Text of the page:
Between them, their difficulties range from medical problems, drug withdrawal and self-esteem issues, but there are a lot more difficulties below the surface.  It’s a lot to overcome—especially for a few of the teens, who don’t even really have support systems.

Still, they are determined to survive.  Their resilience and drive is actually inspiring (and I know that word tends to inspire eyerolls, but seriously, these are amazing teens).  As with all her books, this is a must-read.

Highly recommended.

The Sound of Letting Go

Finished The Sound of Letting Go by Stasia Ward Kehoe.

Summary (from Goodreads):

For sixteen years, Daisy has been good. A good daughter, helping out with her autistic younger brother uncomplainingly. A good friend, even when her best friend makes her feel like a third wheel. When her parents announce they’re sending her brother to an institution—without consulting her—Daisy’s furious, and decides the best way to be a good sister is to start being bad. She quits jazz band and orchestra, slacks in school, and falls for bad-boy Dave.

But one person won’t let Daisy forget who she used to be: Irish exchange student and brilliant musician Cal. Does she want the bad boy or the prodigy? Should she side with her parents or protect her brother? How can she know when to hold on and when—and how—to let go?”

I really enjoyed this novel.  Daisy has always been the good child—really, the easy child—since her little brother has autism.  And her brother is mostly non-verbal and has a tendency to become aggressive (harming himself and others) so her parents really rely on her as another caregiver for him.  (As a result, she’s basically the third adult in the house, as opposed to one of the two children.)

When her parents decide to institutionalize her brother, she freaks out.  It’s not even that she necessarily thinks it’s a bad idea—it’s that she hates the fact that they’re asking her opinion.  (I think it’s that she doesn’t want to be at all responsible for Steven being sent away.  She wants the decision to be entirely out of her hands…which it should be, really, since she’s just a kid.)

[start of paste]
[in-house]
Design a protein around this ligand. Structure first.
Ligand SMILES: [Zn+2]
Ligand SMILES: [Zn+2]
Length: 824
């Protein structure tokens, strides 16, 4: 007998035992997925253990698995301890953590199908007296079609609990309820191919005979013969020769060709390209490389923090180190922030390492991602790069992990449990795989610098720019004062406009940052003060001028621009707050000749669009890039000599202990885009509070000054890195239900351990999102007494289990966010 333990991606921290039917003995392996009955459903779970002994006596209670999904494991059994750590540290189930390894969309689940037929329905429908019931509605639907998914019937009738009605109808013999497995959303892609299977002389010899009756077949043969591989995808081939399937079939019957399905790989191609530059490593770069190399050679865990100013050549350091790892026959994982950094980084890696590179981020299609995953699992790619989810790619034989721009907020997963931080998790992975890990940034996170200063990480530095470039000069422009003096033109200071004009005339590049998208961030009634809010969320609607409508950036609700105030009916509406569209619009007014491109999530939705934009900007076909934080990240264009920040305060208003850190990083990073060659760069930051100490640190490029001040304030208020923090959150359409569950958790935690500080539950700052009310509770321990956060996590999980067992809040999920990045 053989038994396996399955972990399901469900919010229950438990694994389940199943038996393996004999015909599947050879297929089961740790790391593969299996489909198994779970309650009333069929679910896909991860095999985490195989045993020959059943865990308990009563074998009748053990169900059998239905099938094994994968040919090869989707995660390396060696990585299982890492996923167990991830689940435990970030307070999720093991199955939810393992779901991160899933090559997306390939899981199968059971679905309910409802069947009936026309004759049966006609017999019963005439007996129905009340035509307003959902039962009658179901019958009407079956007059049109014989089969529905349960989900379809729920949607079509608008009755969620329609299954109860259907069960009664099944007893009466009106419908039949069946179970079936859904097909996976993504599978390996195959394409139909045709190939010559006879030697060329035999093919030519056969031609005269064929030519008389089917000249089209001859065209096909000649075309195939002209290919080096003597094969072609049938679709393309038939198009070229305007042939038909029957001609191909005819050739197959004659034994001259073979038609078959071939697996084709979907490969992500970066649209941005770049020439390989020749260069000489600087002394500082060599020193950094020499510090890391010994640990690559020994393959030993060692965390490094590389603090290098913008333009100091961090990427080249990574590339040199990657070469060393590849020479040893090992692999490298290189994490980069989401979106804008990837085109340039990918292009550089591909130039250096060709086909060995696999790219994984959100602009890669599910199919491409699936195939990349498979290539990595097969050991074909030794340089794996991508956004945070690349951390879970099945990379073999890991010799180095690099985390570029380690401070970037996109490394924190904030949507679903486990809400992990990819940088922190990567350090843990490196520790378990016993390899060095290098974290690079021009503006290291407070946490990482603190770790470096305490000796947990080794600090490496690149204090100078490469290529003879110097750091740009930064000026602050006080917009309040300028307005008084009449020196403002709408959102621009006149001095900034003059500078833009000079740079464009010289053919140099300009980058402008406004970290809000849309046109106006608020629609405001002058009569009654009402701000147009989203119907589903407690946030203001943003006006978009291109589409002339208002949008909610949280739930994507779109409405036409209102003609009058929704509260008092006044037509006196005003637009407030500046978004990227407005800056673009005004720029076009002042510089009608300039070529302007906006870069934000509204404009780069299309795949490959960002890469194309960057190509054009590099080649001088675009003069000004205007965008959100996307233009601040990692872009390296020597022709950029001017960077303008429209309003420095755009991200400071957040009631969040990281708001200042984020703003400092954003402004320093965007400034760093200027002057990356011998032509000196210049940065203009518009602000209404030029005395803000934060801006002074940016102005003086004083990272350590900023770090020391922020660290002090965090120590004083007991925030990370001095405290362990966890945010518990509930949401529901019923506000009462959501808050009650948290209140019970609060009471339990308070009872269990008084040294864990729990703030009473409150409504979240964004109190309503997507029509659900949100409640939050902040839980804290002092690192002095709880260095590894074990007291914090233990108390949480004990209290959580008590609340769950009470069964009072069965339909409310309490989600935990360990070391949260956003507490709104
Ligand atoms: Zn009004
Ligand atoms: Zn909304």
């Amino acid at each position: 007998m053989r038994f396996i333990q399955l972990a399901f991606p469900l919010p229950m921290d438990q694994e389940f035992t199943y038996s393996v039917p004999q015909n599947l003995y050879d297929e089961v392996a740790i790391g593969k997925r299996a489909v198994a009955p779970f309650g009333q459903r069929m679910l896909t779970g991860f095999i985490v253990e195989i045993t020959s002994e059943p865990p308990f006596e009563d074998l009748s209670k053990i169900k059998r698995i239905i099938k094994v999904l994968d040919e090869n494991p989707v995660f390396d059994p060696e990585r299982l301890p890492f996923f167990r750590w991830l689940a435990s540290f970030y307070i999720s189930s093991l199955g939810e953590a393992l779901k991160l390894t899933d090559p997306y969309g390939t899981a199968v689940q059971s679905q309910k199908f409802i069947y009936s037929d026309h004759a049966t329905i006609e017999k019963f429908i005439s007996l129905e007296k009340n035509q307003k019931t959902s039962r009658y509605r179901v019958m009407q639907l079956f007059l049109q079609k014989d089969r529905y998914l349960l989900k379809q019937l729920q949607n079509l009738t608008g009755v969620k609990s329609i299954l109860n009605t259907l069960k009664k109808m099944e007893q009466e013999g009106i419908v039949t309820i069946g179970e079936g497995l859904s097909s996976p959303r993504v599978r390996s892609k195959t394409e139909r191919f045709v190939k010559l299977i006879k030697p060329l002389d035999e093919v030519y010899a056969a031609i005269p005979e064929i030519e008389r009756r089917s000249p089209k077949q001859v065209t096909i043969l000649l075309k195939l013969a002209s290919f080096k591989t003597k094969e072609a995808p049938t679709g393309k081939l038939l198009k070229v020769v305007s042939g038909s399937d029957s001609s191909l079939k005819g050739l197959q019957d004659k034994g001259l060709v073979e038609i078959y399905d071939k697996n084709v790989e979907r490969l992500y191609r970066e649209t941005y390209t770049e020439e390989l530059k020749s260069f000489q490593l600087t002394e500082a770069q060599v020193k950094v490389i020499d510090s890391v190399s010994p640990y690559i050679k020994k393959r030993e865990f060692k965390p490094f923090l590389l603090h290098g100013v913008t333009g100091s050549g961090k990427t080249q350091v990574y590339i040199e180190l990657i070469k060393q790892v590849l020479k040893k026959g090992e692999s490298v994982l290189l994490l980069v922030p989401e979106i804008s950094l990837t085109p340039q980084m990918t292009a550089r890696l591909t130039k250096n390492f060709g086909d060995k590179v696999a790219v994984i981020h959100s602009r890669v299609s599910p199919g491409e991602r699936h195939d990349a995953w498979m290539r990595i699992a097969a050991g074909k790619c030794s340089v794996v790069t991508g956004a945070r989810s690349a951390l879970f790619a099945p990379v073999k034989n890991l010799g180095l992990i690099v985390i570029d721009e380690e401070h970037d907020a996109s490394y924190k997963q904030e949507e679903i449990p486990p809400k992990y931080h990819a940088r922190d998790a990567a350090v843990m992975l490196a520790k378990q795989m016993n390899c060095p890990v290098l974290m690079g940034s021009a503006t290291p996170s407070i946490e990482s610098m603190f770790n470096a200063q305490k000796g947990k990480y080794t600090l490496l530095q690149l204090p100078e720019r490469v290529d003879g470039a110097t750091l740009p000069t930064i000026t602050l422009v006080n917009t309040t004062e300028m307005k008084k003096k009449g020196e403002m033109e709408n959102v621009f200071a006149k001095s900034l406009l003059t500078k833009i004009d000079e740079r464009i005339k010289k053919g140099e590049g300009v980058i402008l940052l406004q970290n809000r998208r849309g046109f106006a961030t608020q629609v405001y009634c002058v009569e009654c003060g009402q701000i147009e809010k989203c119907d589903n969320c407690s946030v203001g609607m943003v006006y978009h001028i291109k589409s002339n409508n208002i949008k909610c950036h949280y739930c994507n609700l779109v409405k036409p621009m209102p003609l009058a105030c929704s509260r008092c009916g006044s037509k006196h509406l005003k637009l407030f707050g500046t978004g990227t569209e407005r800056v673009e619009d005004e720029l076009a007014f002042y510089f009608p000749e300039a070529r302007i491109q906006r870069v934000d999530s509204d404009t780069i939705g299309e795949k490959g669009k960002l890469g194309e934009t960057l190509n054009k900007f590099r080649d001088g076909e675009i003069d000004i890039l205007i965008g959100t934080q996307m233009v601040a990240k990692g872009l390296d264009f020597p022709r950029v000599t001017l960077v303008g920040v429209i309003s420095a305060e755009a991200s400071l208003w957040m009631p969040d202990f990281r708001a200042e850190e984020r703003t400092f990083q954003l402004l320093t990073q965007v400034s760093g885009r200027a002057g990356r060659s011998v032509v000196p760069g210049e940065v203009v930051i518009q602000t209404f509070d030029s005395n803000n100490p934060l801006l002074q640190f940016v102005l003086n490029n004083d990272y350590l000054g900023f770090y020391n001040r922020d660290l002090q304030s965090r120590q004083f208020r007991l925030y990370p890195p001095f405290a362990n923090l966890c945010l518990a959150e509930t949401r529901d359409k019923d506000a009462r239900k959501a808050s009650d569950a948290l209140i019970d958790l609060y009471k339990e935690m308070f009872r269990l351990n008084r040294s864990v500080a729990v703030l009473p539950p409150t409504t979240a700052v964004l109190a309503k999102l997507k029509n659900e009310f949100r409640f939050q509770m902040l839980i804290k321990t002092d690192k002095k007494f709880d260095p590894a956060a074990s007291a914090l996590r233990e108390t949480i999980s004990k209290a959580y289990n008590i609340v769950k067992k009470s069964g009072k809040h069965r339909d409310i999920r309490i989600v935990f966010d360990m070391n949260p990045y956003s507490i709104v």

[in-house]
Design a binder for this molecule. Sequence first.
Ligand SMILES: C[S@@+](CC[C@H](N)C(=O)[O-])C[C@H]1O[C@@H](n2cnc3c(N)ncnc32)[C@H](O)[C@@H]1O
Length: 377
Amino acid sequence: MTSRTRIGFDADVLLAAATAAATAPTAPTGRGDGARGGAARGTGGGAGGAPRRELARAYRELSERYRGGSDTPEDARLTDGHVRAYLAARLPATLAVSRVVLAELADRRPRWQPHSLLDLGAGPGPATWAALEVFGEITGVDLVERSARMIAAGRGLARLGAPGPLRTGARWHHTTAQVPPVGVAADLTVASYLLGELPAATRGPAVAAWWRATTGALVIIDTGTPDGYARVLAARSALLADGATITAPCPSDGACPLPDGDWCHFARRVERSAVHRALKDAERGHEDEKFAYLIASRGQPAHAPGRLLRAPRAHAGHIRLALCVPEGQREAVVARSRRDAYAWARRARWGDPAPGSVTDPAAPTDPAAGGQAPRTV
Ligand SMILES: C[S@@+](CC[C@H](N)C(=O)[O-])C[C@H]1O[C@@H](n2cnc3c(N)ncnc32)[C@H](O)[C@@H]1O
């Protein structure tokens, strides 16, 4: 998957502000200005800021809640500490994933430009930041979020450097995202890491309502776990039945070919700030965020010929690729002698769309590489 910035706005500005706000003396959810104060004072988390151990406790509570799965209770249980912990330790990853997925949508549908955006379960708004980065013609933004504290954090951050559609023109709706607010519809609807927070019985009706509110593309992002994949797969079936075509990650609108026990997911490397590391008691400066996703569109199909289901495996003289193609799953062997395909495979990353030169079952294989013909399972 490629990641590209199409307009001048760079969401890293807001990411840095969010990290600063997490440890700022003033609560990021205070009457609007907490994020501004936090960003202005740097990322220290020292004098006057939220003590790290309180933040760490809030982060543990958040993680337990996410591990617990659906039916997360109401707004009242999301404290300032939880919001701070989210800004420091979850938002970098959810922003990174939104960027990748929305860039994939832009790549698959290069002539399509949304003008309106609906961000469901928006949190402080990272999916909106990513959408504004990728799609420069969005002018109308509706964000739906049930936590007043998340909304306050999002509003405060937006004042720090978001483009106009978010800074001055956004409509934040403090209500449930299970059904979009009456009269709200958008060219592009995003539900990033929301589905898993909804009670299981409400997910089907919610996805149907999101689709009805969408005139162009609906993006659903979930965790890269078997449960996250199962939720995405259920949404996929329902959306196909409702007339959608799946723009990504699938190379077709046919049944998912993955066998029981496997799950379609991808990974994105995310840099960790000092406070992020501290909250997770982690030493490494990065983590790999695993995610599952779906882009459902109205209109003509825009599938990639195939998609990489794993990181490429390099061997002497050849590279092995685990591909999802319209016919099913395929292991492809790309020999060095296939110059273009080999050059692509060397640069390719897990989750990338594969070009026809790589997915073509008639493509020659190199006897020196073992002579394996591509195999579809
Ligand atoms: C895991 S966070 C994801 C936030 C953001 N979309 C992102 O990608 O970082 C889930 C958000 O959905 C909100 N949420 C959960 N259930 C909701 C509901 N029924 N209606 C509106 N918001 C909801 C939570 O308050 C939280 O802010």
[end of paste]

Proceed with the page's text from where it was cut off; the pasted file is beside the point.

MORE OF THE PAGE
And now that she DOES have more freedom—no more babysitting three nights a week—she starts to behave like a normal teenager.  She stays out late and starts dating a “bad boy” who she’s known essentially her whole life.

Even when I didn’t really agree with her choices, it’s impossible not to root for Daisy.  This is a fantastic novel and I can’t wait to read Stasia Ward Kehoe’s next book. Recommended.

Straight Outta Compton & Southpaw

I don’t know if either Straight Outta Compton or Southpaw will be nominated for Academy Awards or be the AFI best of the year, but if not they should be.

(Probably both are more likely for screenplay nods and maybe supporting actor [Compton] and best actor [Southpaw] than director or picture nods).

I’m hoping Southpaw, especially, gets a screenplay nod because it’s written by Kurt Sutter, who did Sons of Anarchy.

Straight Outta Compton was better than I was expecting.  I thought it would be a fun music biopic (with the stunt casting of O’Shea Jackson Jr. playing his father, who we all know better as Ice Cube), but instead, it was really good.  (And incidentally, I want O’Shea Jackson to get a supporting actor nod, please and thank you.)

I remember when NWA was popular, but I never really listened to their music (I was pretty young and have never been a huge fan of rap) and even that didn’t detract from my enjoyment.

It’s a solid movie and a great cast.

And oh God, Southpaw.  My friend Philip came over and we watched it Monday night and it is not an exaggeration that this movie is absolutely shattering.

I don’t want to ruin everything but it’s better to watch this movie with tissues.

I hope Jake Gyllenhaal gets a Best Actor nomination; he inhabited this role like nobody’s business.